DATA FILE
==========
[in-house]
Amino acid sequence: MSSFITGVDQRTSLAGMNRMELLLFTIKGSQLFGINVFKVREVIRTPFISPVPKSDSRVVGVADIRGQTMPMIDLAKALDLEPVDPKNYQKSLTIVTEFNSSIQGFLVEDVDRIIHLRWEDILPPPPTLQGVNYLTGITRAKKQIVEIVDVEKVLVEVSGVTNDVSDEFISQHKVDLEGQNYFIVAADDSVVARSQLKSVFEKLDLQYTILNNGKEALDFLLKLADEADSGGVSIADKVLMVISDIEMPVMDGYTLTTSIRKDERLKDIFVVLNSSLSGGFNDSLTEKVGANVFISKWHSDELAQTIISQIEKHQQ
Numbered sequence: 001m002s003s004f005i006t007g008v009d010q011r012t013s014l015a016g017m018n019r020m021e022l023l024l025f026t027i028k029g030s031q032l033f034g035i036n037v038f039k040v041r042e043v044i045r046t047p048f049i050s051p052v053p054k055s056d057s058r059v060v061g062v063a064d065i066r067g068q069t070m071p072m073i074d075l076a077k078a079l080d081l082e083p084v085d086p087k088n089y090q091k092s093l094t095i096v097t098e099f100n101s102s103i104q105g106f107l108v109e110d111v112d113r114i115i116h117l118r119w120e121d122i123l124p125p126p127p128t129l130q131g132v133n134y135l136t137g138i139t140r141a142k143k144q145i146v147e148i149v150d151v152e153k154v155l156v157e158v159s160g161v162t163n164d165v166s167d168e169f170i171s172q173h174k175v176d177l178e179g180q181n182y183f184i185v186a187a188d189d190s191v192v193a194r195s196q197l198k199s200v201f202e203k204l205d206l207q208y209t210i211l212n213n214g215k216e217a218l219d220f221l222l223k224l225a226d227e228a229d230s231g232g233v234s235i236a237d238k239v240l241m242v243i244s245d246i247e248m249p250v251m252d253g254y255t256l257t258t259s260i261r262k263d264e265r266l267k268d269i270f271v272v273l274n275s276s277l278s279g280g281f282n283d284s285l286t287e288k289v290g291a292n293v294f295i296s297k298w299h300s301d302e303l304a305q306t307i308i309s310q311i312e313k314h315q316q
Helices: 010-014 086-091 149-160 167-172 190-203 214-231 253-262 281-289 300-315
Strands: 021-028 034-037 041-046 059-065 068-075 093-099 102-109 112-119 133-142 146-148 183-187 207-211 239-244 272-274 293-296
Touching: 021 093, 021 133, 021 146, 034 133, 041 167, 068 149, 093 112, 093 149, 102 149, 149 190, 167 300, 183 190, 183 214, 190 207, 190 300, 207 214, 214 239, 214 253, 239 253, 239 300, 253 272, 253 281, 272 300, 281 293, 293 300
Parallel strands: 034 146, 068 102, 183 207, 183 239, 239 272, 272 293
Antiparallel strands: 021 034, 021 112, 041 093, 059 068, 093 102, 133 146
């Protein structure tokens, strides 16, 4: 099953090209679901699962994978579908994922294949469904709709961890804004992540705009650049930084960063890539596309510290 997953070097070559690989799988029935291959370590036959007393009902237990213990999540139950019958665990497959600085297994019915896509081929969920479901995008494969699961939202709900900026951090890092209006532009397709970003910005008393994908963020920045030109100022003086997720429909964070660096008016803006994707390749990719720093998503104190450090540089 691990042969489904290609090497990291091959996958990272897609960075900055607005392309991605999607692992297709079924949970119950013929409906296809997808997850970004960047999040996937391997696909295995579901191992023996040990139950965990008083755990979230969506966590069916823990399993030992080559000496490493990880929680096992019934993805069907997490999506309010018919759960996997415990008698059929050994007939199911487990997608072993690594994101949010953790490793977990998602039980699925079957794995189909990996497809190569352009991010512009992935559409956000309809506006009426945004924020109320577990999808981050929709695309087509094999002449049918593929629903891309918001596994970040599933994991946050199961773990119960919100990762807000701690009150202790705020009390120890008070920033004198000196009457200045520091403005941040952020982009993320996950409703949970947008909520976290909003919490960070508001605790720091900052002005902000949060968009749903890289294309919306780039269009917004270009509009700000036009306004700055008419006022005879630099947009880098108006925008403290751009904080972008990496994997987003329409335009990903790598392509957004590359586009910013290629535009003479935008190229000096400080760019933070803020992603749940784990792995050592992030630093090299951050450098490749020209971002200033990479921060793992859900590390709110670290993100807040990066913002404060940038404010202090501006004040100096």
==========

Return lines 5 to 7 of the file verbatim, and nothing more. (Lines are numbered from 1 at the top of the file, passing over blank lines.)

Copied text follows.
Strands: 021-028 034-037 041-046 059-065 068-075 093-099 102-109 112-119 133-142 146-148 183-187 207-211 239-244 272-274 293-296
Touching: 021 093, 021 133, 021 146, 034 133, 041 167, 068 149, 093 112, 093 149, 102 149, 149 190, 167 300, 183 190, 183 214, 190 207, 190 300, 207 214, 214 239, 214 253, 239 253, 239 300, 253 272, 253 281, 272 300, 281 293, 293 300
Parallel strands: 034 146, 068 102, 183 207, 183 239, 239 272, 272 293